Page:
If you are one of the many Tennessee residents who are struggling financially, your search for a solution has probably brought you here. You know a bit about bankruptcy, and you want to know more, but at the same time, numerous people have told you to avoid it at all costs as it will forever destroy your credit. So, you keep going back and forth as to whether it is something you should really look into.
There is some good news for you. Rebuilding your credit after a bankruptcy filing is possible. It takes time and hard work, but you can do it and come out the other side in a much better place — economically speaking.
What can bankruptcy do for you?
There are two types of personal bankruptcy, Chapter 7 and Chapter 13. Chapter 7 is for those individuals who lack the disposable income to pay their creditors and qualify for immediate debt discharge. Chapter 13 is for those who make too much to be eligible for debt discharge but need an affordable payment schedule put in place. Both offer relief, end creditor harassment and can get you on the path to financial freedom — among other things.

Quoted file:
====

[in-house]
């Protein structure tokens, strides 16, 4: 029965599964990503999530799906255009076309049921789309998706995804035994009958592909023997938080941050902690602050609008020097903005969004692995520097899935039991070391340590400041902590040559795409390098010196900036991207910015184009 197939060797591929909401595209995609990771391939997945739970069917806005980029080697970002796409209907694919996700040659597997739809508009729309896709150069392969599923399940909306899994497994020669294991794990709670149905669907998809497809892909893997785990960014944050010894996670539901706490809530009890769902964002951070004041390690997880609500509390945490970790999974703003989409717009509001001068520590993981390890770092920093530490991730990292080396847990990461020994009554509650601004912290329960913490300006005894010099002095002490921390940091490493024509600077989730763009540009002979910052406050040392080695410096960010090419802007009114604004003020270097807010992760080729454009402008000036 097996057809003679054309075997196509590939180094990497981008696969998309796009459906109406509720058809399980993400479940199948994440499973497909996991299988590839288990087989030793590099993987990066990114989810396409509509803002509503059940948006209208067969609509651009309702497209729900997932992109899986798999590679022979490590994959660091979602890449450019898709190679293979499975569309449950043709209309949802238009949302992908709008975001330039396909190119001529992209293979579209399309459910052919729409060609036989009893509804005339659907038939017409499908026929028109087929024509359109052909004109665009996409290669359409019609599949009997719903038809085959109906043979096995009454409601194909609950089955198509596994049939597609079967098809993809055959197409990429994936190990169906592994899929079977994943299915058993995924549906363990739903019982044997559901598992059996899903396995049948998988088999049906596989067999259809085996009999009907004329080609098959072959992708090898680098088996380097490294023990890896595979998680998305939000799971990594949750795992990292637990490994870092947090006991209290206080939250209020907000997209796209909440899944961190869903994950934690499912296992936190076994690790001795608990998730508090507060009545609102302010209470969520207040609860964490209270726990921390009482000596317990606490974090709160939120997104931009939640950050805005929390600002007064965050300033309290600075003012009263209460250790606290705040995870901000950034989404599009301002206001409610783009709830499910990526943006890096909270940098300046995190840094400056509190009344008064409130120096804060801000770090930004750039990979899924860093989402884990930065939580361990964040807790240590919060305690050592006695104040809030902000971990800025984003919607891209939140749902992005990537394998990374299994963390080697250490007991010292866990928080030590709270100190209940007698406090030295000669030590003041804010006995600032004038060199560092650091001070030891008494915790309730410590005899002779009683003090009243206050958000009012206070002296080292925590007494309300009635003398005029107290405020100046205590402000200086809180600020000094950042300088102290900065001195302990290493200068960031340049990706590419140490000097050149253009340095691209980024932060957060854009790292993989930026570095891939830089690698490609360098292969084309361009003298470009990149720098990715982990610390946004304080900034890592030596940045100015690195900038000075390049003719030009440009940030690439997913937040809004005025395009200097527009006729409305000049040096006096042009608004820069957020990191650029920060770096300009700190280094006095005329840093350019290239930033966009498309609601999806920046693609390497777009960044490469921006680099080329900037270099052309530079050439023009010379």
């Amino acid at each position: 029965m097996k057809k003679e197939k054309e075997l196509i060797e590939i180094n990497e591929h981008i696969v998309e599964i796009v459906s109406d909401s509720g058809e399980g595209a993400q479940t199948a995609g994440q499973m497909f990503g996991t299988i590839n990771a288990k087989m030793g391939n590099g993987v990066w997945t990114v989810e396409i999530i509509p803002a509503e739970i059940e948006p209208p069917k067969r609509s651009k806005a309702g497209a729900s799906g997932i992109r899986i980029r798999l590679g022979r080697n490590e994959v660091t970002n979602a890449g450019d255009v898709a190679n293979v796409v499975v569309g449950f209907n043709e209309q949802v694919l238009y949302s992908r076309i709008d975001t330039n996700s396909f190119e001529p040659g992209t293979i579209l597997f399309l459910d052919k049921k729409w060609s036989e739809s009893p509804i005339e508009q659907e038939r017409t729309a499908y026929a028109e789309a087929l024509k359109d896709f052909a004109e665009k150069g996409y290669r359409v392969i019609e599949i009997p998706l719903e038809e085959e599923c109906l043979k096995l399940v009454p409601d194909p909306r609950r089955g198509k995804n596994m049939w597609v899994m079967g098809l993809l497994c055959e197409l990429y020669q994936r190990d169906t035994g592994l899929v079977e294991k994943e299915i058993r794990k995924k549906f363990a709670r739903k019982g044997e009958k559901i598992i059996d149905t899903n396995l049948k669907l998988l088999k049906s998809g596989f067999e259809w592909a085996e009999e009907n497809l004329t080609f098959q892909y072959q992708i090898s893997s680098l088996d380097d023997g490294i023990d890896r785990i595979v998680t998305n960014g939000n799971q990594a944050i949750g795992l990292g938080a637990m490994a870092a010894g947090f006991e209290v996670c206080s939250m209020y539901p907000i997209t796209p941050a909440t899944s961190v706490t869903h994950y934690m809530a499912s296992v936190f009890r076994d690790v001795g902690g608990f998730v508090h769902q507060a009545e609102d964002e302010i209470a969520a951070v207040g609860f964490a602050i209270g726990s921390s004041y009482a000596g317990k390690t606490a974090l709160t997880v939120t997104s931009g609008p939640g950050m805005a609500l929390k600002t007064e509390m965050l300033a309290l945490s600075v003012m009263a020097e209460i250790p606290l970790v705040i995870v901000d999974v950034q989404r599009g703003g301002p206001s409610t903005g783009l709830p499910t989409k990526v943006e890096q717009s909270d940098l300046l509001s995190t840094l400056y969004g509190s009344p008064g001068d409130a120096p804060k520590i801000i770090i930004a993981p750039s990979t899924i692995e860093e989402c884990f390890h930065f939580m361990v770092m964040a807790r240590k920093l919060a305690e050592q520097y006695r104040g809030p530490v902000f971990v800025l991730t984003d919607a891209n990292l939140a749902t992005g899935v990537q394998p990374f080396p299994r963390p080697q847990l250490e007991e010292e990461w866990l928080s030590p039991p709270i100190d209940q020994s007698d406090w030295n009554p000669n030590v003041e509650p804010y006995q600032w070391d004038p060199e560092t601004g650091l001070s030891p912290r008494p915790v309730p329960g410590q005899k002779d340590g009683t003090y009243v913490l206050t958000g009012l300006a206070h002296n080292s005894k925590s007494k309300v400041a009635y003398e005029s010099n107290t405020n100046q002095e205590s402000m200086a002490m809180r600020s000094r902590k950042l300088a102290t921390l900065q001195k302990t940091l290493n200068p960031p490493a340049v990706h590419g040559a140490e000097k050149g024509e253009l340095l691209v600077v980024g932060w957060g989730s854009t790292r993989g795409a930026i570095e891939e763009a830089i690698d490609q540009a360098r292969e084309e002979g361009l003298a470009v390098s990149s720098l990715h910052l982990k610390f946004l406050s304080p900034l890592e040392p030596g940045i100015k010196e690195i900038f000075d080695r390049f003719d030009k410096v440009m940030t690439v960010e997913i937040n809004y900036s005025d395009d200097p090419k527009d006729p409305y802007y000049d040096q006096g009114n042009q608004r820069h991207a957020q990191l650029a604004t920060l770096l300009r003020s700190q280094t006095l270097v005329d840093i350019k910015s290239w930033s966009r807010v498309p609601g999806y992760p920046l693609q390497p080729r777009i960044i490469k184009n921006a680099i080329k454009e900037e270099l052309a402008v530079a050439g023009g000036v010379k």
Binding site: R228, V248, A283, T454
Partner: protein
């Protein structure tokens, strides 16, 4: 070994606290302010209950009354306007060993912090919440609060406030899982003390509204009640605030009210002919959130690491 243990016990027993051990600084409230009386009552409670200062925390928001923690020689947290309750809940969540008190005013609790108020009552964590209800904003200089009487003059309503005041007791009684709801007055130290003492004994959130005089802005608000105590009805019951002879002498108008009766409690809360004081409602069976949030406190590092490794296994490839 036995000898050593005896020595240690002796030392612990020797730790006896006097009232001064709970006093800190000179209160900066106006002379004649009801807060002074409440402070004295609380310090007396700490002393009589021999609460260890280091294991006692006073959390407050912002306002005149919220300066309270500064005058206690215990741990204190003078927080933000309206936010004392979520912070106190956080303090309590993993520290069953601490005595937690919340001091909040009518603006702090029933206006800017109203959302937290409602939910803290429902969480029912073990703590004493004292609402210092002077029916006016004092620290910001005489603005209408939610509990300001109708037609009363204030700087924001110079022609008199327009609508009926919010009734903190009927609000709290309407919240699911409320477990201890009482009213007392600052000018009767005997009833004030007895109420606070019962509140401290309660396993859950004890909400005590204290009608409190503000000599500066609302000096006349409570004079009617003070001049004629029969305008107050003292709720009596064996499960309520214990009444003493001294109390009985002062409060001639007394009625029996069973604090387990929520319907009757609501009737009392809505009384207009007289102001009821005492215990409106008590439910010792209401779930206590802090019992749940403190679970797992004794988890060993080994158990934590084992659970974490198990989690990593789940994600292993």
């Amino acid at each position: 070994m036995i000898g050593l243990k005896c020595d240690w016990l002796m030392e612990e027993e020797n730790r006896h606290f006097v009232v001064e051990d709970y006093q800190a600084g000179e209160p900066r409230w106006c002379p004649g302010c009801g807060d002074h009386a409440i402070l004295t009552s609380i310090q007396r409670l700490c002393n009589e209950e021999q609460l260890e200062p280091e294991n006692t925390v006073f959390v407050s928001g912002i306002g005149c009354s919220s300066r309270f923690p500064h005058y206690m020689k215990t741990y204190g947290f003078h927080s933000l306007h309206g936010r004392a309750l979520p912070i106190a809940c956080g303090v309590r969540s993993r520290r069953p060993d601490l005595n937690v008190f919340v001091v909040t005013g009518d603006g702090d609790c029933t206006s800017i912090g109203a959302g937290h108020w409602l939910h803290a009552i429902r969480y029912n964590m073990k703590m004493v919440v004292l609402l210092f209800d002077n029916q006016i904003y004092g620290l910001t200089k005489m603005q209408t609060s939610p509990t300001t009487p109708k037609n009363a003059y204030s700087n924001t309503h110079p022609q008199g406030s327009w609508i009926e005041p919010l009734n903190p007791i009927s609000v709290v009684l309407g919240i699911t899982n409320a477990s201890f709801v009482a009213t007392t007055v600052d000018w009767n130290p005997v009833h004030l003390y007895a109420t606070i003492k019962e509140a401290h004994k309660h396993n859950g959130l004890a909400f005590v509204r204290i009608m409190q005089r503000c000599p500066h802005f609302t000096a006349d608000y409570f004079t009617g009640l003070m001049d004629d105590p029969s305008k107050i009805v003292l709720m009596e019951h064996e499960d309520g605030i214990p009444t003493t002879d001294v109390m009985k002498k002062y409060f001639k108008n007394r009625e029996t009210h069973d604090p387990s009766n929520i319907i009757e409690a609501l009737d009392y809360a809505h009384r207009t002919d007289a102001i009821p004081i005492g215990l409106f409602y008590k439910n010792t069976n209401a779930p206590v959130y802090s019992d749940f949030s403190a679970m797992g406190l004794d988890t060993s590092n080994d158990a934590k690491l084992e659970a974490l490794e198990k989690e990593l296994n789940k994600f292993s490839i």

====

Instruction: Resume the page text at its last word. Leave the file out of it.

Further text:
How do you rebuild credit if you ultimately file for bankruptcy?
There are several things you can do. The best thing you can do is make sure you make any payments you have remaining after your bankruptcy filing on time. It doesn’t matter what they are for. On-time payments can slowly increase your credit score. Along with that, you may want to:
- Frequently check your credit report for errors and report any found.
- Look into alternatives to credit cards.
- Turn to loved ones with good credit histories for assistance with obtaining credit.
- Make sound financial decisions moving forward.
Finally, give it time. Bankruptcy filings can stay on your credit report for seven to 10 years. While it may limit your access to some types of credit, it does not stop your ability to raise your credit score by doing the things mentioned above.
Do what you think is best for your situation
At the end of the day, you are the only one who can decide if bankruptcy is the right course of action for you. You cannot make an informed decision, though, without doing your due diligence and learning more about the advantages and disadvantages of pursuing this debt relief option.